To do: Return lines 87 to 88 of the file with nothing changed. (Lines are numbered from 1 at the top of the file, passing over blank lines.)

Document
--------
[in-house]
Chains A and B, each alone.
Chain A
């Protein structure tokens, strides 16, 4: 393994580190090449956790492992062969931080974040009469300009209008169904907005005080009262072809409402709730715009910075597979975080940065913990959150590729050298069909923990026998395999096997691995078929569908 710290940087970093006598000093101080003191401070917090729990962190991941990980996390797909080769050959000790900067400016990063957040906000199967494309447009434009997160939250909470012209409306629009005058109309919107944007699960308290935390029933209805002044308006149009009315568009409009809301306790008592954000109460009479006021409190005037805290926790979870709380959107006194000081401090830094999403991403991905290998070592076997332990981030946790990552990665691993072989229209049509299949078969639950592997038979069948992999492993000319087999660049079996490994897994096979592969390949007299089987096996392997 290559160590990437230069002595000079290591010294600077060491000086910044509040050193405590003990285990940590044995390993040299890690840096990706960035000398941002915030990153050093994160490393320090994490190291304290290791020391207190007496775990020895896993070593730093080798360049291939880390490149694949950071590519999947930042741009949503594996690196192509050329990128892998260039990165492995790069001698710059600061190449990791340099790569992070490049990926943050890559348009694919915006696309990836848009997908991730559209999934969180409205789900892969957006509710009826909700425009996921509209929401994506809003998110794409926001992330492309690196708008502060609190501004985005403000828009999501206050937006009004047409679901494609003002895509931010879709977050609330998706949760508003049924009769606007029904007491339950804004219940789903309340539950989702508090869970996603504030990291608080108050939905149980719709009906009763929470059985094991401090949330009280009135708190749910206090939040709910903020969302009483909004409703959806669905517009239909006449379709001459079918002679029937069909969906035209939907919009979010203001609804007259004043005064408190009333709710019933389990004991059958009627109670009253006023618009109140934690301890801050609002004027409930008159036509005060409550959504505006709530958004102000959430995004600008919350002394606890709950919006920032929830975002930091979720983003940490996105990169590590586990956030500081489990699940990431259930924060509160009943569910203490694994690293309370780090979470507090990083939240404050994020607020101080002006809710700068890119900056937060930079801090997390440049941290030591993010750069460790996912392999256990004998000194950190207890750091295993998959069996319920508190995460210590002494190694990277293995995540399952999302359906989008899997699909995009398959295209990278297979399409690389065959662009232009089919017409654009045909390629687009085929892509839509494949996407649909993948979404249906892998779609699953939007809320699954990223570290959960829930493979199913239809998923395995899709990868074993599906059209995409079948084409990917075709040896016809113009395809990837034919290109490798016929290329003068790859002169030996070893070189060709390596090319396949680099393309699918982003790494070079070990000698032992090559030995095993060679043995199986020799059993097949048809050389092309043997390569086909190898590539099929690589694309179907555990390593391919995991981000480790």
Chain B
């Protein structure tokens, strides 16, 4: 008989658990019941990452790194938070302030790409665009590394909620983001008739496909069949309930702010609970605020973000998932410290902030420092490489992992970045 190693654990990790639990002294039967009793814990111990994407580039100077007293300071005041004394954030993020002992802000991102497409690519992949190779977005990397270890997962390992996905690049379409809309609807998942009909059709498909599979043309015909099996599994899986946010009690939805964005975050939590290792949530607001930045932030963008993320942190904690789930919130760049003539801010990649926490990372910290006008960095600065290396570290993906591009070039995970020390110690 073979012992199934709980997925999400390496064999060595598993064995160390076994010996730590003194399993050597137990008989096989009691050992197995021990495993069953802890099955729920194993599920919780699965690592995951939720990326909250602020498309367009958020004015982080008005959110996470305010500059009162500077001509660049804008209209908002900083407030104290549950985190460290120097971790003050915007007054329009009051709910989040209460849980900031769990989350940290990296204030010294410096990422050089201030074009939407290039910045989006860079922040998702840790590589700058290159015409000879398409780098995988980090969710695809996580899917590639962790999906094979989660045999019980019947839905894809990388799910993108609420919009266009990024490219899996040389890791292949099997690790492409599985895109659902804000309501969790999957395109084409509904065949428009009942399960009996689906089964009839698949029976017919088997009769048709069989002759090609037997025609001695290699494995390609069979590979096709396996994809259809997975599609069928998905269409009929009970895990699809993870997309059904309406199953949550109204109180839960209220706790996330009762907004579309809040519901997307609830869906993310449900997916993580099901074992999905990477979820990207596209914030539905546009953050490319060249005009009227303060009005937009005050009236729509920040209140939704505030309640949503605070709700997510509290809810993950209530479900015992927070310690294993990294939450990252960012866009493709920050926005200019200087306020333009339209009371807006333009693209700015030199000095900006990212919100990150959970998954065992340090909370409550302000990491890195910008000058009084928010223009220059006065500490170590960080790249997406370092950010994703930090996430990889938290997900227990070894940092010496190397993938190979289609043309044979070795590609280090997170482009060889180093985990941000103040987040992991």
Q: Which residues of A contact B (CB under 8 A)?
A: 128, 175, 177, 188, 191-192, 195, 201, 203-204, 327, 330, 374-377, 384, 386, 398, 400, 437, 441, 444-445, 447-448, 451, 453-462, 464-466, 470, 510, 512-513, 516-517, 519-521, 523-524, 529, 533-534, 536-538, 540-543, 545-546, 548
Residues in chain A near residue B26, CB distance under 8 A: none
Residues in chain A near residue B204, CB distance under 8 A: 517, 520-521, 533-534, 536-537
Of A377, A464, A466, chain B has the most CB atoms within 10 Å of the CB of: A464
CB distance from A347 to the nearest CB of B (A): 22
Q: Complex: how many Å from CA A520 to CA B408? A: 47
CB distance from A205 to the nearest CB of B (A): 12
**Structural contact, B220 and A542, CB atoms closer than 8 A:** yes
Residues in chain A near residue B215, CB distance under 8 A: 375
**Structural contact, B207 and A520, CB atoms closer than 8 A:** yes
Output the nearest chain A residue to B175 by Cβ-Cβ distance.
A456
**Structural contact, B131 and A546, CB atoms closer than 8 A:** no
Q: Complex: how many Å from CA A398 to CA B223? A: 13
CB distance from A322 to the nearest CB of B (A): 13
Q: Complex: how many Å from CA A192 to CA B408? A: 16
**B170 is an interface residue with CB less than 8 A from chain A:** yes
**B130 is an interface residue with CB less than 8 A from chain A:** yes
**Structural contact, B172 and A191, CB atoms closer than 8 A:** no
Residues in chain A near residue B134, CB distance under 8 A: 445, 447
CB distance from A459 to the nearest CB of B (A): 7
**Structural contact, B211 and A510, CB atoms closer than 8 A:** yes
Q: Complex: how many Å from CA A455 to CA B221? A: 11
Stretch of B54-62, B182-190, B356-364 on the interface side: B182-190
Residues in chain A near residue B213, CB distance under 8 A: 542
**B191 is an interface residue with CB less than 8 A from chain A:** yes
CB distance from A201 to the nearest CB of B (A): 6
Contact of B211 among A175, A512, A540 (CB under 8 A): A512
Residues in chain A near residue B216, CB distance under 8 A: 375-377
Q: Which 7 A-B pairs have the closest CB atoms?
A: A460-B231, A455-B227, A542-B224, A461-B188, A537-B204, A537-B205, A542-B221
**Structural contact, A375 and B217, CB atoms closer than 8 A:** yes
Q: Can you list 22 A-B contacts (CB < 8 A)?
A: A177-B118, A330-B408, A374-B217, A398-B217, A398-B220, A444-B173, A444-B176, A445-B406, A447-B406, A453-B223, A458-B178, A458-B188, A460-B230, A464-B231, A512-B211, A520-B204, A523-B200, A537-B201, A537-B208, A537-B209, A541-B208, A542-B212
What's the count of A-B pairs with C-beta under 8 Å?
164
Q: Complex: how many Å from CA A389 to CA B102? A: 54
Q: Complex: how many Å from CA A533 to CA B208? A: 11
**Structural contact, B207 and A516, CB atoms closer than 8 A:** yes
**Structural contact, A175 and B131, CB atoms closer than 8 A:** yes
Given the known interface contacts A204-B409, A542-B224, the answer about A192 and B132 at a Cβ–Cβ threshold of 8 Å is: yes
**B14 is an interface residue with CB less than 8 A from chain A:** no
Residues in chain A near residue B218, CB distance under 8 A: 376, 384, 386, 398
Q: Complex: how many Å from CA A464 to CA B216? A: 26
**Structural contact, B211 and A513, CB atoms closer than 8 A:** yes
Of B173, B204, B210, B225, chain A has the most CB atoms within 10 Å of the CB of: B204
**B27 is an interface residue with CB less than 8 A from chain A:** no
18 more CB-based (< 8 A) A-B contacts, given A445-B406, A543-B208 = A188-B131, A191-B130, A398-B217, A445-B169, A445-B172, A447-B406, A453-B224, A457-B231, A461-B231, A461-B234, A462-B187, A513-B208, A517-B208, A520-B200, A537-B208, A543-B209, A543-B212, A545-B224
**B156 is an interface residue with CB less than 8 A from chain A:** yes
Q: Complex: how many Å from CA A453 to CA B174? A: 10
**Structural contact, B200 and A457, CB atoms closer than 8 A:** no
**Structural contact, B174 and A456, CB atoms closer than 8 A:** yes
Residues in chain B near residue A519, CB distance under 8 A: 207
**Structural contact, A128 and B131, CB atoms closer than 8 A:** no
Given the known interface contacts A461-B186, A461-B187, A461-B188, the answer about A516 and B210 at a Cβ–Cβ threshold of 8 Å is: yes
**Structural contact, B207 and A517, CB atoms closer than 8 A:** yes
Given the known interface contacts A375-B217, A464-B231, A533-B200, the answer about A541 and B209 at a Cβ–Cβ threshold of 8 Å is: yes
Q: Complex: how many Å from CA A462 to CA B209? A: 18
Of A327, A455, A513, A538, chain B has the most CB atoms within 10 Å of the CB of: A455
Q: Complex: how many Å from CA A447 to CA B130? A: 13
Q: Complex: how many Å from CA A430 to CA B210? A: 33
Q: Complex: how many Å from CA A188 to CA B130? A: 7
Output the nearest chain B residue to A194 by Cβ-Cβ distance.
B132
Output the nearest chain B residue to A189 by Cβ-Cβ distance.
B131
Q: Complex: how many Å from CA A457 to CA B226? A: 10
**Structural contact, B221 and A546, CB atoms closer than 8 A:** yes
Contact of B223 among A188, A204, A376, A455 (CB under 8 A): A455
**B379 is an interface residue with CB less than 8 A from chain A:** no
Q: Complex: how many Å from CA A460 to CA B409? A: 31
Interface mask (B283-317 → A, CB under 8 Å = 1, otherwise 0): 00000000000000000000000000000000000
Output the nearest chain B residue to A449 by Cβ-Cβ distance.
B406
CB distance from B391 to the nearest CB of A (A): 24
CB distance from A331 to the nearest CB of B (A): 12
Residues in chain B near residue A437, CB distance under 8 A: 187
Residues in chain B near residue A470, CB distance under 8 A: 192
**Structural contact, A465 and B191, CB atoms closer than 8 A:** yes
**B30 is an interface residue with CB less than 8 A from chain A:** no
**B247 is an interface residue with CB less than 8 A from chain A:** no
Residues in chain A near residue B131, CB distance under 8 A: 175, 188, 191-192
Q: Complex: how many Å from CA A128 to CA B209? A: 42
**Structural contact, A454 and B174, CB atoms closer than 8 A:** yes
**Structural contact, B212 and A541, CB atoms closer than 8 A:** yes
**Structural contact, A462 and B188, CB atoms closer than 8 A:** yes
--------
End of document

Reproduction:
**B30 is an interface residue with CB less than 8 A from chain A:** no
**B247 is an interface residue with CB less than 8 A from chain A:** no